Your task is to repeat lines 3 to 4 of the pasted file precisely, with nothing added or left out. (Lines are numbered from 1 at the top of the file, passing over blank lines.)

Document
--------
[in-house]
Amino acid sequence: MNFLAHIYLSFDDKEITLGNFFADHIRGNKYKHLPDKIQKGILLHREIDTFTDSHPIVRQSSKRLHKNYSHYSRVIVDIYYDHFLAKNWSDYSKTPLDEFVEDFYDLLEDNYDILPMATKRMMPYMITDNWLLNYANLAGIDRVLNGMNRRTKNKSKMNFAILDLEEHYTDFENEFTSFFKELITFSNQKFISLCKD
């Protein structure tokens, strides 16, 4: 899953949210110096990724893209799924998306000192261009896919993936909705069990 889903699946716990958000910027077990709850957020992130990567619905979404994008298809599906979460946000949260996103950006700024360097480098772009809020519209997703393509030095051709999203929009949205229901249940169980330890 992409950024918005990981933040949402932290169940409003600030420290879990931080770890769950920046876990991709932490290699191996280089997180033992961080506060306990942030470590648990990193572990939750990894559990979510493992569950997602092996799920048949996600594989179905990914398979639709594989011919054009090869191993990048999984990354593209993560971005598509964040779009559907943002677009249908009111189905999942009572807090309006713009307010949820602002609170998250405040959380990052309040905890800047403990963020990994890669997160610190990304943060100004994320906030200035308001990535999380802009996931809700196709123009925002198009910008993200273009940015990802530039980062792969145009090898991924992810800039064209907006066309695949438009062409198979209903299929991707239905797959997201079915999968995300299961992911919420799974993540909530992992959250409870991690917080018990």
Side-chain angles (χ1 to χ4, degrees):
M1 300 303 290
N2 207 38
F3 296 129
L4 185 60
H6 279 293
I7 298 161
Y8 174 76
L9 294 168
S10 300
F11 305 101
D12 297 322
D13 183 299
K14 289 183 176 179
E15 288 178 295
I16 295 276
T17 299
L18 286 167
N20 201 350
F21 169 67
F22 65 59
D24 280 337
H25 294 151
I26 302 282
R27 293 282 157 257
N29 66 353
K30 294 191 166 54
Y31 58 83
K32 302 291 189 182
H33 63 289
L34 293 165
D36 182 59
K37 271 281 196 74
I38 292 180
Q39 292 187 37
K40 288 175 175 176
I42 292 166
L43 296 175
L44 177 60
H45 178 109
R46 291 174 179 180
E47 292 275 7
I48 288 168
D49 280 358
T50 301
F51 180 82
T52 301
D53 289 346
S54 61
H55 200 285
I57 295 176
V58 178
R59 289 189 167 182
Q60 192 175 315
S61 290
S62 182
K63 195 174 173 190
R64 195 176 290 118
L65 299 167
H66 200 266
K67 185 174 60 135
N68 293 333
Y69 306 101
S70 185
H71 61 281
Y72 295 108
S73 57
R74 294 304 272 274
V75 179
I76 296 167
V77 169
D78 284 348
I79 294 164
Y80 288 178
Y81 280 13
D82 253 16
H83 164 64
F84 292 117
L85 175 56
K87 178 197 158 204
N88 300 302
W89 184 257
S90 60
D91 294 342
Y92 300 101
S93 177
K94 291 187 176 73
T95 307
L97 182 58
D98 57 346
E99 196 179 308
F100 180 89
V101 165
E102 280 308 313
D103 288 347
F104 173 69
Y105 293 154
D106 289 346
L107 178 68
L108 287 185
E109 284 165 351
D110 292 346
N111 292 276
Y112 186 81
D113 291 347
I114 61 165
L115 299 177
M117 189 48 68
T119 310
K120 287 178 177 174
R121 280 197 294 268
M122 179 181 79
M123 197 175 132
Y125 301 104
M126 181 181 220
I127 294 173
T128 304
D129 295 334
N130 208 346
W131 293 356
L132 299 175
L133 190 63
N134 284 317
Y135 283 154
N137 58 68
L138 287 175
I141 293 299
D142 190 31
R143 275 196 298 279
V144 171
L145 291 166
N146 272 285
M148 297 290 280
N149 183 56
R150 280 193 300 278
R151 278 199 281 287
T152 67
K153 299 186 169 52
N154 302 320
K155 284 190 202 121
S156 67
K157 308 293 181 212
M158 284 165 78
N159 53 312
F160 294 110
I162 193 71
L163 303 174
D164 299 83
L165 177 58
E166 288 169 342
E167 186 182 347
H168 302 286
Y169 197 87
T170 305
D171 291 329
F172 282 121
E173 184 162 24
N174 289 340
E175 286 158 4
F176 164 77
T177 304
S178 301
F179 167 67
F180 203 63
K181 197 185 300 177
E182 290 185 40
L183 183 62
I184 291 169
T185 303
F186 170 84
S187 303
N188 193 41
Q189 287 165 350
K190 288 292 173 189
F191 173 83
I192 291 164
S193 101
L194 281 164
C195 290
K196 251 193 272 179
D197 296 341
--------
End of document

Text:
């Protein structure tokens, strides 16, 4: 899953949210110096990724893209799924998306000192261009896919993936909705069990 889903699946716990958000910027077990709850957020992130990567619905979404994008298809599906979460946000949260996103950006700024360097480098772009809020519209997703393509030095051709999203929009949205229901249940169980330890 992409950024918005990981933040949402932290169940409003600030420290879990931080770890769950920046876990991709932490290699191996280089997180033992961080506060306990942030470590648990990193572990939750990894559990979510493992569950997602092996799920048949996600594989179905990914398979639709594989011919054009090869191993990048999984990354593209993560971005598509964040779009559907943002677009249908009111189905999942009572807090309006713009307010949820602002609170998250405040959380990052309040905890800047403990963020990994890669997160610190990304943060100004994320906030200035308001990535999380802009996931809700196709123009925002198009910008993200273009940015990802530039980062792969145009090898991924992810800039064209907006066309695949438009062409198979209903299929991707239905797959997201079915999968995300299961992911919420799974993540909530992992959250409870991690917080018990």
Side-chain angles (χ1 to χ4, degrees):